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Huxley, Christianity and the Right to be Unhappy

Huxley, Christianity and the right to be unhappy

 

                When is the last time you were unhappy?  Hurt?  Distressed?  Felt stressed and pressured, but you had no way out?  When is the last time you felt guilt over your own wrong doing?  When is the last time you were uncomfortable both physically and emotionally?

In our age of convenience, we are becoming less and less accustomed to these things.  In fact, it could be argued that this age of convenience is training us to continually opt out of unhappiness.  Really, who would actually want to be unhappy, anyway?  Who would want to be inconvenienced?  Who would want to feel guilty or stressed out?

As a Christian, it could be argued that unhappiness and the proverbial junk drawer of other unhappy-things mentioned above belong to a fallen world.  We know that these things will finally and forever be done away with when Jesus returns to make all things new (Revelation 21:1-8). 

However, we are in danger of succumbing to an almost hidden tyranny of comfort in modern times.  The more convenient life gets, and the more comfortable materially our society becomes, we become entrapped to its new way of life.  The result is a generation of many who do not know how to suffer.  Those with chronic pains and illnesses are left in a more real and challenging reality, while the rest of us pursue a digital and material utopia of “get what we want as fast as we want on our terms” kind of life.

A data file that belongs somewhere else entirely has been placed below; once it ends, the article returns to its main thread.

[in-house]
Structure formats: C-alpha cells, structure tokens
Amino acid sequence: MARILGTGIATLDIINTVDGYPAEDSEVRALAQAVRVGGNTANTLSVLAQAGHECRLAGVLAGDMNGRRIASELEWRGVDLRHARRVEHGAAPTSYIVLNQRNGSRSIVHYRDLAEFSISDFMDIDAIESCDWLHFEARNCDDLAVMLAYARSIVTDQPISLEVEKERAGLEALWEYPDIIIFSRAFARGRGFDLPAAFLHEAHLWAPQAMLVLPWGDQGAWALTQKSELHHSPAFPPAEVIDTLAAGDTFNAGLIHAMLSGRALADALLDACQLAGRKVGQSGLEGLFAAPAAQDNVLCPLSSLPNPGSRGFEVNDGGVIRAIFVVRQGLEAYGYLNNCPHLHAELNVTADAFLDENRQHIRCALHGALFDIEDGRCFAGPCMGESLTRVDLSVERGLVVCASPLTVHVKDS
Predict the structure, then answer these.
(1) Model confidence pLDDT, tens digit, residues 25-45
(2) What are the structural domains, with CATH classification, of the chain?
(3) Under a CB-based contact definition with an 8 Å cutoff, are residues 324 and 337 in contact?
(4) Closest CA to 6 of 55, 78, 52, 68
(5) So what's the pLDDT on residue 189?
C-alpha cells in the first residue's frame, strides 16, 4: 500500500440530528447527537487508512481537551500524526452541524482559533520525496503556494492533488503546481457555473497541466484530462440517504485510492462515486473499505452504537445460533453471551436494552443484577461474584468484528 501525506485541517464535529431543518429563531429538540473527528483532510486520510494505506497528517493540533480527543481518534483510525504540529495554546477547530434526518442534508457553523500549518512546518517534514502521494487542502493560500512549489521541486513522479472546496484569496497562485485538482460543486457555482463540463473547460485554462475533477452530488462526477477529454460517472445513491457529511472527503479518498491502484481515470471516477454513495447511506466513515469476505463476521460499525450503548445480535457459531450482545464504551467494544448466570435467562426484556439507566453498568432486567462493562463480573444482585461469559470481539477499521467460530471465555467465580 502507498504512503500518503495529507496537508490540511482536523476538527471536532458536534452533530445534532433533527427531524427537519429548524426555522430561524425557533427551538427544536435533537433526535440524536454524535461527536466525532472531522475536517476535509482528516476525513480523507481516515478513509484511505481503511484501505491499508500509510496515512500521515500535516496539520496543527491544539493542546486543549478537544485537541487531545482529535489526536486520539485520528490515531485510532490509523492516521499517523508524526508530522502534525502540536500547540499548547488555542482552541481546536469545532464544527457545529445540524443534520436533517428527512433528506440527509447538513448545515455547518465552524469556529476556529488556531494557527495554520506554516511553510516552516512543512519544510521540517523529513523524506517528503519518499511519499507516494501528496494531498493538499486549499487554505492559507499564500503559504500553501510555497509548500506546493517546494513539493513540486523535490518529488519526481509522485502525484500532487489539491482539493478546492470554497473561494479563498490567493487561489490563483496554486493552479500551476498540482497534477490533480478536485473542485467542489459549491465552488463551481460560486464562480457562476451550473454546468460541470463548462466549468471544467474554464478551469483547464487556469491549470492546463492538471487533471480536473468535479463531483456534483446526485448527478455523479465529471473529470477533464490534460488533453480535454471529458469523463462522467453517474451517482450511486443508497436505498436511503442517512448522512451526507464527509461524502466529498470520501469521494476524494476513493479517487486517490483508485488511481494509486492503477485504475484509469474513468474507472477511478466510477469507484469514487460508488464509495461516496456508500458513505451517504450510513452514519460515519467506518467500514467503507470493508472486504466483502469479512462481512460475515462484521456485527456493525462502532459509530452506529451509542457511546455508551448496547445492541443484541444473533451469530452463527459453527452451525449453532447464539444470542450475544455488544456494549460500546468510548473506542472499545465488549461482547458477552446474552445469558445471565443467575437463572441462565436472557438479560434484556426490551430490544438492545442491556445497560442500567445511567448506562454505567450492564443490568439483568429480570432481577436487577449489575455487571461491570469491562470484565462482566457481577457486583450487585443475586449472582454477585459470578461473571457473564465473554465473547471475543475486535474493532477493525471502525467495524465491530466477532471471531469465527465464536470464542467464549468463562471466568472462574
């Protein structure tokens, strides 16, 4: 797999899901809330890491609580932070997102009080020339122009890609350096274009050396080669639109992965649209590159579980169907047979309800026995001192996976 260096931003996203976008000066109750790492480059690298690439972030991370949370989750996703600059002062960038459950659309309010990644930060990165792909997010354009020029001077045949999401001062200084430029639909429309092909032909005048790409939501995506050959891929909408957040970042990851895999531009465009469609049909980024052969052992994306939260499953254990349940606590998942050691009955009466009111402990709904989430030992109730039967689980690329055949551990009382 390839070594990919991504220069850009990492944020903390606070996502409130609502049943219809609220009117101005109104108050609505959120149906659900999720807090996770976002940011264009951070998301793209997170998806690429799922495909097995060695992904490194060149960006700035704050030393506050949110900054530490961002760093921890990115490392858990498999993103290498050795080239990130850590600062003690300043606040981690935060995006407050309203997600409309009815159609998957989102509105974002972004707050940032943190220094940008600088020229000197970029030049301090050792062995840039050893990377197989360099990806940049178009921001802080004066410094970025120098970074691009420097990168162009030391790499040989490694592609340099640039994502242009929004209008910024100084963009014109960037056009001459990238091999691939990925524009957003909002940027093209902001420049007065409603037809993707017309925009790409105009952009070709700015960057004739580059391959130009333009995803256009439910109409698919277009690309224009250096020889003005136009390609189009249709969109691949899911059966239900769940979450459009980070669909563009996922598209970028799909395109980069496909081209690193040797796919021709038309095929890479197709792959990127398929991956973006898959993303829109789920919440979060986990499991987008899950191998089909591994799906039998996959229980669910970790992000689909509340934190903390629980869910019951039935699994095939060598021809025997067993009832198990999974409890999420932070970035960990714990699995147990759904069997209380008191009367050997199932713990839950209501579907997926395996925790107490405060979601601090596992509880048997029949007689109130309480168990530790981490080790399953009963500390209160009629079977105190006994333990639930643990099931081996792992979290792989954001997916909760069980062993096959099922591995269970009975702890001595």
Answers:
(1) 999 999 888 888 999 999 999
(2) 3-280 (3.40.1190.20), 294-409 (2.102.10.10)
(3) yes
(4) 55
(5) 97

If you do not like something, you can simply move along until you find what you are looking for.  If that app does not work, find one that does.  We expect more and more out of our own devices, and our devices continually deliver the good life of comfort and convenience to us.  Add a stay-at-home pandemic to this, and as we are addicted to our screens and devices, we have been shaped by the comfort and convenience they offer.  We use our devices, and in turn our devices use us.

But, as Huxley once famously said, we have the right to be unhappy.  In chapter 17 of his book, “Brave New World,” Huxley said this in the book’s final showdown between the protagonist and antagonist:

 

“…I like the inconveniences.”

“We don’t,” said the Controller.  “We prefer to do things comfortably.”

“But I don’t want comfort.  I want God, I want poetry, I want real danger, I want freedom, I want goodness.  I want sin.”

“In fact,” said Mustapha Mond, “you’re claiming the right to be unhappy.”

“All right then,” said the Savage defiantly, “I am claiming the right to be unhappy.”

 

The right to be unhappy puts you in a position of need, and not escape.  Comfort and convenience tells you to remove whatever obstacles if only you can finally be happy rather than facing them, dealing with them, and allowing yourself to grow through them – if a Christian, with the help of the Spirit.  It removes self from the center of your world and places Jesus there.  Yes, sometimes Jesus makes you unhappy, because he is about confronting you in truth and grace. 

Do not be obsessed with comfort, or you may find yourself pushing even Jesus away.